> > On Mon, 25 Mar 2019 at 16:38, Andrey Andreev <narf@devilix.net> wrote: >> >> OK, so why not flip it and make it always available instead? I'm aware >> of the potential XML conflict, but I've personally never seen it, so >> to me that looks like the lesser evil compared to a massive BC break. >> >> Cheers, >> Andrey. > > > Technically this is already the case, the default in the engine is to enable PHP's short open tags, however both INI config templates provided > with PHP (php.ini-developement and php.ini-production) disable PHP's short open tags. > So if PHP's short open tags are to be considered "full class" open tags this should be represented in the INI templates. But I won't be the > one pushing for this change. >
We're talking about removal of the INI setting ... Aside of saying you wouldn't be personally pushing for what I suggested, I don't get the point of what you wrote. Cheers, Andrey.
  105015
March 29, 2019 20:33 george.banyard@gmail.com ("G. P. B.")
On Mon, 25 Mar 2019 at 20:42, Andrey Andreev <narf@devilix.net> wrote:

> Hi, > > On Mon, Mar 25, 2019 at 8:02 PM G. P. B. banyard@gmail.com> wrote: > > > > On Mon, 25 Mar 2019 at 16:38, Andrey Andreev <narf@devilix.net> wrote: > >> > >> OK, so why not flip it and make it always available instead? I'm aware > >> of the potential XML conflict, but I've personally never seen it, so > >> to me that looks like the lesser evil compared to a massive BC break. > >> > >> Cheers, > >> Andrey. > > > > > > Technically this is already the case, the default in the engine is to > enable PHP's short open tags, however both INI config templates provided > > with PHP (php.ini-developement and php.ini-production) disable PHP's > short open tags. > > So if PHP's short open tags are to be considered "full class" open tags > this should be represented in the INI templates. But I won't be the > > one pushing for this change. > > > > We're talking about removal of the INI setting ... Aside of saying you > wouldn't be personally pushing for what I suggested, I don't get the > point of what you wrote. > > Cheers, > Andrey. >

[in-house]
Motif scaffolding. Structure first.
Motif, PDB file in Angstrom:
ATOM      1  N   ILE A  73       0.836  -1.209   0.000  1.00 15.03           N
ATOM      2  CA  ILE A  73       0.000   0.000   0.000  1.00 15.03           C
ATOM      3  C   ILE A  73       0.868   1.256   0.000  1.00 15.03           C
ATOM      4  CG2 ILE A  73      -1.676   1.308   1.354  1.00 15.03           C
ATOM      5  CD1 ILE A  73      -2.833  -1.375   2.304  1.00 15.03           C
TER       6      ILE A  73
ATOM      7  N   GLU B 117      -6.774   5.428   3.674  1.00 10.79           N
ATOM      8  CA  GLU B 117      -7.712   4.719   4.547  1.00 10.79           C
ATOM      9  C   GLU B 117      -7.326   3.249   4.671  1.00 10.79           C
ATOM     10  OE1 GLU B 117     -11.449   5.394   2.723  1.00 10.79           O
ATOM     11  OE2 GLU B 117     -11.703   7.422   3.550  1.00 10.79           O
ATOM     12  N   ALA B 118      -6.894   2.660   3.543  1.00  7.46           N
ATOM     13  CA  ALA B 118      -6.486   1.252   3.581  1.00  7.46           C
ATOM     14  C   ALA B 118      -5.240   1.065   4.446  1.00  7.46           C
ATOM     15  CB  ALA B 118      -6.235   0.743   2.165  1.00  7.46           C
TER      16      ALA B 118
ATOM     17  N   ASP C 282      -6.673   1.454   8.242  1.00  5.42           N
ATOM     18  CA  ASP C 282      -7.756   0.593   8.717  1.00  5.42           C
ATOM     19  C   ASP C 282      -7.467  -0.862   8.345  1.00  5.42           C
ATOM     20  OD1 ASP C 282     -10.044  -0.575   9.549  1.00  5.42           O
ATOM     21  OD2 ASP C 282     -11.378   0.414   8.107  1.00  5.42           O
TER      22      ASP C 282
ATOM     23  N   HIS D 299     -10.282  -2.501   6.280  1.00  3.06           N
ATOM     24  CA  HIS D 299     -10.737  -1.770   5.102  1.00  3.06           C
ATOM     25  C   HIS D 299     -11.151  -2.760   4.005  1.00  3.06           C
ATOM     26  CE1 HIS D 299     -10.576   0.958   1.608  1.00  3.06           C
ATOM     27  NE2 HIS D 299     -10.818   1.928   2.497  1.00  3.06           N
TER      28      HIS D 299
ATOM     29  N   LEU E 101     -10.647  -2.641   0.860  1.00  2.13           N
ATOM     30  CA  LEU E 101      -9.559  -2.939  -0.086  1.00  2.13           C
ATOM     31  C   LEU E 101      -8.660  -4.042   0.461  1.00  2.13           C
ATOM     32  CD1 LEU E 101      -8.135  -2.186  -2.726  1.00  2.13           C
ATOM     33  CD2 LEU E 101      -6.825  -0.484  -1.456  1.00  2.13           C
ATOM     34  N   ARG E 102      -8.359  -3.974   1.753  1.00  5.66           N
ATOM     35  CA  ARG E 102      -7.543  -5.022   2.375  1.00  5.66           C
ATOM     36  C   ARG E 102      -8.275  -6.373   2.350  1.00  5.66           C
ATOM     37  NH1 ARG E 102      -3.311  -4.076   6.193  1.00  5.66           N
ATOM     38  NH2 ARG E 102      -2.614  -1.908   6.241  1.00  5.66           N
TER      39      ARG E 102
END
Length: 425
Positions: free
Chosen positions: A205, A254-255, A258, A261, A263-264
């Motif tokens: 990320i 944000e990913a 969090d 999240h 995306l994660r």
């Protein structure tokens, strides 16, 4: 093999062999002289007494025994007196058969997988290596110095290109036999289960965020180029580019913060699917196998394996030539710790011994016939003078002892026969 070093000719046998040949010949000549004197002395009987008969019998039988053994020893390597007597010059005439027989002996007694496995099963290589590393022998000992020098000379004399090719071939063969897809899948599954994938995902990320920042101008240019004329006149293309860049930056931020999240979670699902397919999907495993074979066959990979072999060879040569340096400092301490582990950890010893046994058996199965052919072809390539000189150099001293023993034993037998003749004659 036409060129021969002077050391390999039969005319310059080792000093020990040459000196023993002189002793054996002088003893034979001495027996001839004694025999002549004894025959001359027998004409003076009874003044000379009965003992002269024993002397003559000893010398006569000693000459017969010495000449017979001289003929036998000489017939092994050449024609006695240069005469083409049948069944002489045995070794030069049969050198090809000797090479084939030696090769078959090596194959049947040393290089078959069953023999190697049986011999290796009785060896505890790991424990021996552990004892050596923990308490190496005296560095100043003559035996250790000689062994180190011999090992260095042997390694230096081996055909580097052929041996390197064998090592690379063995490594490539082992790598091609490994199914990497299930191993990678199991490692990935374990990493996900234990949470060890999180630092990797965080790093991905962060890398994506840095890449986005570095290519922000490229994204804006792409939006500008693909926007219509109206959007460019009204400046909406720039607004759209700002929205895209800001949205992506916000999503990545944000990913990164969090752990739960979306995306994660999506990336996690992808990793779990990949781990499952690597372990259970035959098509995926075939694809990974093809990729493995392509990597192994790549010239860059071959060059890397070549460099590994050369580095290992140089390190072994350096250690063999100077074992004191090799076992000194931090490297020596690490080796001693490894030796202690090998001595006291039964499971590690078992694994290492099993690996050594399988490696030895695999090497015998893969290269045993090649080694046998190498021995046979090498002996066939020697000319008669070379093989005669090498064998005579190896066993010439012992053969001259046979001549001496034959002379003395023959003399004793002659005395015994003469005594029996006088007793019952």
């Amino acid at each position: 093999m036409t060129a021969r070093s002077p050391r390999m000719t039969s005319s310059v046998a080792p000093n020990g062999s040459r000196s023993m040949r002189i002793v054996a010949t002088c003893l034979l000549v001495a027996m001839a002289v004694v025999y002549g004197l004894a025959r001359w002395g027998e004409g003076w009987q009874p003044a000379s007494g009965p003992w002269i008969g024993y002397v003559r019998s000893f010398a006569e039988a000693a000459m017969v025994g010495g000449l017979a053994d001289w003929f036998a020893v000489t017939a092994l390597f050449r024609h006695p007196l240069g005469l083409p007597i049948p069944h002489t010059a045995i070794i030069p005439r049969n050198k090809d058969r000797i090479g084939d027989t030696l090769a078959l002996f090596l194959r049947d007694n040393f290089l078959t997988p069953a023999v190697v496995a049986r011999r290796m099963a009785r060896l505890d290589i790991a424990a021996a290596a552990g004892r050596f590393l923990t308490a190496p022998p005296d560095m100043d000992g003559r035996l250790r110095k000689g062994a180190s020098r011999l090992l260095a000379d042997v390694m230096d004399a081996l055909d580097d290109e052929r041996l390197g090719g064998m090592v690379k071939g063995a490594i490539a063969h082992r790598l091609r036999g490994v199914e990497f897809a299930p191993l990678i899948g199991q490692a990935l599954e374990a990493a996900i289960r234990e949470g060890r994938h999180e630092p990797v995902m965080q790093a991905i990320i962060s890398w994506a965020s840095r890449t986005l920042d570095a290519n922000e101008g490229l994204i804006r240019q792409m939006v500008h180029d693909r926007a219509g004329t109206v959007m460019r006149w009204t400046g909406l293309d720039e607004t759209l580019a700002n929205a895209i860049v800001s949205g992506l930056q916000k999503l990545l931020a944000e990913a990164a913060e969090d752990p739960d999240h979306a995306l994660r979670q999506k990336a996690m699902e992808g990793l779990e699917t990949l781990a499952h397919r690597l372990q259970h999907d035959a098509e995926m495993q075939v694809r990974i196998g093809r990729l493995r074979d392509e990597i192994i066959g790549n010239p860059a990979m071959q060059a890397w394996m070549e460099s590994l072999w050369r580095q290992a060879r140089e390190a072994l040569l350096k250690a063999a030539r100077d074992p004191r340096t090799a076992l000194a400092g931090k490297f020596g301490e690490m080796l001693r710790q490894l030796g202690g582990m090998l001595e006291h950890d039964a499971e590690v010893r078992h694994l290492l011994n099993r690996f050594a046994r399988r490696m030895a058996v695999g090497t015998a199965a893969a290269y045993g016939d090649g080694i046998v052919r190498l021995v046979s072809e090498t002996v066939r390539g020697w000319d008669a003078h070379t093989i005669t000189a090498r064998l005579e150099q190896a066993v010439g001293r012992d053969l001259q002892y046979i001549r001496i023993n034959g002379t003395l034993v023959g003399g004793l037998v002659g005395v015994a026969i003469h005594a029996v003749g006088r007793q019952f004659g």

The point of what I wrote was to clarify what is the default value in-engine of short open tags. Also updated the RFC with the fact that using PHP's short open tags may leaks source code if used when those aren't not enabled. Best regards George P. Banyard
  105161
April 9, 2019 08:43 george.banyard@gmail.com ("G. P. B.")
Hello Internals,

Slightly later than expected but I will put the RFC to voting tomorrow if
no other discussion arises.
Also did some slight improvement to the RFC by adding a link to
PHP-CS-FIXER which can automatically
convert PHP's short open tags to the standard one and also added a Feedback
section to include Peter's
Facebook poll.

Best regards

George P. Banyard
  104940
March 25, 2019 15:45 thruska@cubiclesoft.com (Thomas Hruska)
On 3/25/2019 6:02 AM, G. P. B. wrote:
> Hello internals, > > I would like to start the discussion about the deprecation of PHP's short > open tags: > https://wiki.php.net/rfc/deprecate_php_short_tags > > As this is my first RFC all feedback is welcome. > However, due to the nature of the RFC and it being self-contained, the > planned date to > beginning voting this RFC is after the mandatory two weeks discussion > period and would > start on Monday the 8th of April (2019-04-08) and be open for two weeks > until Monday the > 22nd of April (2019-04-22). > > Best regards > > George P. Banyard